Police leader criticizes ‘careless’ security lapse in COVID-19 patient data 

"The Minnesota Department of Health and the Minnesota Department of Public Safety have failed first responders."

Image credit: Twitter via @GovTimWalz

The head of a Minnesota police union is calling for an investigation after a Monday report claimed that some personal information of COVID-19 patients was compromised.

Gov. Tim Walz signed an executive order in April authorizing the Minnesota Department of Public Safety to share the addresses of contagious COVID-19 patients with 911 dispatchers and first responders.

That information was supposed to be “encrypted in transit” and provided “only to the minimum number of people necessary [to] accomplish the purpose of this order.”

“I have determined that limited information — the addresses where a positive COVID-19 test result has been obtained and the individual tested is still contagious to others — should be disclosed via the Department of Public Safety Public Safety Answering Point (‘911’) dispatchers and first responders in a very limited fashion to control and prevent the spread of COVID-19,” Walz said in the order.

“This decision is not taken lightly. We must ensure that this health information is disclosed only to those who have an emergent need to know it, and we must implement safeguards to ensure that no one abuses this data. Minnesota has a strong tradition of protecting the private data of its citizens,” he continued.

But documents obtained by 5 Eyewitness News appear to show that, in some cases, the addresses of all contagious COVID-19 patients were shared with every 911 dispatch center in the state.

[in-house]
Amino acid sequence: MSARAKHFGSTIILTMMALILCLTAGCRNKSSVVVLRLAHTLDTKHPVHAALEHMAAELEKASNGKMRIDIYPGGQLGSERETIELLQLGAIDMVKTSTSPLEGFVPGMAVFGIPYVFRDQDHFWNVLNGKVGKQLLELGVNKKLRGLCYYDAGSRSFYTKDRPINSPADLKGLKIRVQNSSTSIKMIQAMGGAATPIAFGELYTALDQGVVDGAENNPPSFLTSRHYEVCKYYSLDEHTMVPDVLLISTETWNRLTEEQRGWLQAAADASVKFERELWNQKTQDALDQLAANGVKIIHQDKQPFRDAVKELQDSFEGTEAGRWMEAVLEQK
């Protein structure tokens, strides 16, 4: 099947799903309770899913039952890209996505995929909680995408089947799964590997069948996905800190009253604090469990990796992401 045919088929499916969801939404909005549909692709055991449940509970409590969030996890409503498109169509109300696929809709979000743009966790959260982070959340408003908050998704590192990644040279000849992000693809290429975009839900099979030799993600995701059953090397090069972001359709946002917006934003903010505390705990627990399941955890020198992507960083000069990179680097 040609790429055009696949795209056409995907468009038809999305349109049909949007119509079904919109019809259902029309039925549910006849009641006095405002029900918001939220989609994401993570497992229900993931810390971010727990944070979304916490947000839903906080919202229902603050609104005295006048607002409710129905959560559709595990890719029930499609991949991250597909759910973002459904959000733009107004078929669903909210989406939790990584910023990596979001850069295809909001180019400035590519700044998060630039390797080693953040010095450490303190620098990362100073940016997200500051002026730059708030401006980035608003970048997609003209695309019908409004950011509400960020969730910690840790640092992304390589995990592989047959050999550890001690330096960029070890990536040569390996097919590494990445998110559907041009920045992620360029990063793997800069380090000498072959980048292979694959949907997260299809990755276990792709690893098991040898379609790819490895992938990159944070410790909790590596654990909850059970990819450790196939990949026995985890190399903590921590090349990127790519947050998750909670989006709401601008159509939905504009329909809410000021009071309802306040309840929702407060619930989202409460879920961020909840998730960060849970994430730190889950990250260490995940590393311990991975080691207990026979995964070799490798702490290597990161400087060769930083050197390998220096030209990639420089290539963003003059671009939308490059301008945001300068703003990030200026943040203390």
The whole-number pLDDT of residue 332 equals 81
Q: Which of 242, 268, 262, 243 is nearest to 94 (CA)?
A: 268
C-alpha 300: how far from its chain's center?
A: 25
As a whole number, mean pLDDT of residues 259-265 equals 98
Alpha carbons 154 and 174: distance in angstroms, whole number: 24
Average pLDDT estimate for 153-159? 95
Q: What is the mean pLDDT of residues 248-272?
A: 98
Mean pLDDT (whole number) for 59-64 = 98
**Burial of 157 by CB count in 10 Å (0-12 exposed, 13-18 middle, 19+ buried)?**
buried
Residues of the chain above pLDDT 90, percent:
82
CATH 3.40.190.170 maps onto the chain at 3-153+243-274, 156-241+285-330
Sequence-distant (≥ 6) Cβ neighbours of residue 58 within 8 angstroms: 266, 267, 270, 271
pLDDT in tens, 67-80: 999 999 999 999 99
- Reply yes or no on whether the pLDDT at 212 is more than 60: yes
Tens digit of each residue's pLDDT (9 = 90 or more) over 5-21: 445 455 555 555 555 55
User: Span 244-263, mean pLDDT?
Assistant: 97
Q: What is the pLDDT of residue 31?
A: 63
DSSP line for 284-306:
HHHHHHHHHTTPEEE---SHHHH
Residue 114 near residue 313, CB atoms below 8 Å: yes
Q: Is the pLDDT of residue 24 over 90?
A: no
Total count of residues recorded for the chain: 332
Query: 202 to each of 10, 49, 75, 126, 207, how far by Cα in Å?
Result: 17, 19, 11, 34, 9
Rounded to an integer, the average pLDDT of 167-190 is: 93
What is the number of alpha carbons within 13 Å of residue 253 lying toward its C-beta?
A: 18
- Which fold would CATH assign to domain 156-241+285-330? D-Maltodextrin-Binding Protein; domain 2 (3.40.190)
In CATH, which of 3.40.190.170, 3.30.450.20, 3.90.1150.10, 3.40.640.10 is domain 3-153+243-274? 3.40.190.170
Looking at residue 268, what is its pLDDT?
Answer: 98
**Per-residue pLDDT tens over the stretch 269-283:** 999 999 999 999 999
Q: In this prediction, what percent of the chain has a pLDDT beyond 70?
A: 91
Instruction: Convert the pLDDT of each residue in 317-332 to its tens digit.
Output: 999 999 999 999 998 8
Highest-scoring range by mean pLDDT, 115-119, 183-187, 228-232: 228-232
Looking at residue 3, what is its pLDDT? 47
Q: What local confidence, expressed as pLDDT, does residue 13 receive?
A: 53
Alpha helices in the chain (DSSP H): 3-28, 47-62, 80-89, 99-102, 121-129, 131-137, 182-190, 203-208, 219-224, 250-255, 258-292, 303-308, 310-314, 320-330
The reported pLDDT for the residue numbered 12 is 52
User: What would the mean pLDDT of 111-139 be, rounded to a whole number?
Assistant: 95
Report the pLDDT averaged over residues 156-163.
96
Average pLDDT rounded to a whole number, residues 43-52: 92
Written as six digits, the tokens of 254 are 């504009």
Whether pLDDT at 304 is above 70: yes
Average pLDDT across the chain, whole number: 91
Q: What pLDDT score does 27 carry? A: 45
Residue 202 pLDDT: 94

“Instead of the City of Minneapolis receiving only addresses in Minneapolis, it has been receiving addresses for what appears to be the entire state since Aug. 18, 2020,” said one email obtained by the outlet and sent by a city attorney.

According to 5 Eyewitness News’ report, the state put a pause on distributing the data a day after the email was sent.

The Minnesota Police and Peace Officers Association explained it this way: “The Governor’s executive order required the Minnesota Department of Public Safety and Minnesota Department of Health to share only the addresses of patients who tested positive for COVID-19 through strict security protocols and precautions, specifically to applicable 911 dispatch centers. This information was to particularly benefit first responders, like police and firefighters, and very specific data security precautions were outlined in the executive order. Those security precautions were not followed, and data was sent insecurely to all dispatch centers, potentially compromising the data.”

Brian Peters, executive director of the police association, said the information has been “extremely lagging” ever since the governor’s executive order was signed.

“The Minnesota Department of Health and the Minnesota Department of Public Safety have failed first responders. Because they were unprepared and careless, first responders are now at additional risk,” he said in a press release.

Peters said he has concerns about “how the Department of Health can choose to ‘pause’ part of the governor’s executive order and not fulfill its lawful responsibilities.”

“The governor and his administration need to be held accountable for this information being mishandled, and correct this wrong immediately,” he continued. “We urge investigations on why this information wasn’t treated with more respect — and mishandled at the expense of privacy as well as law enforcement.”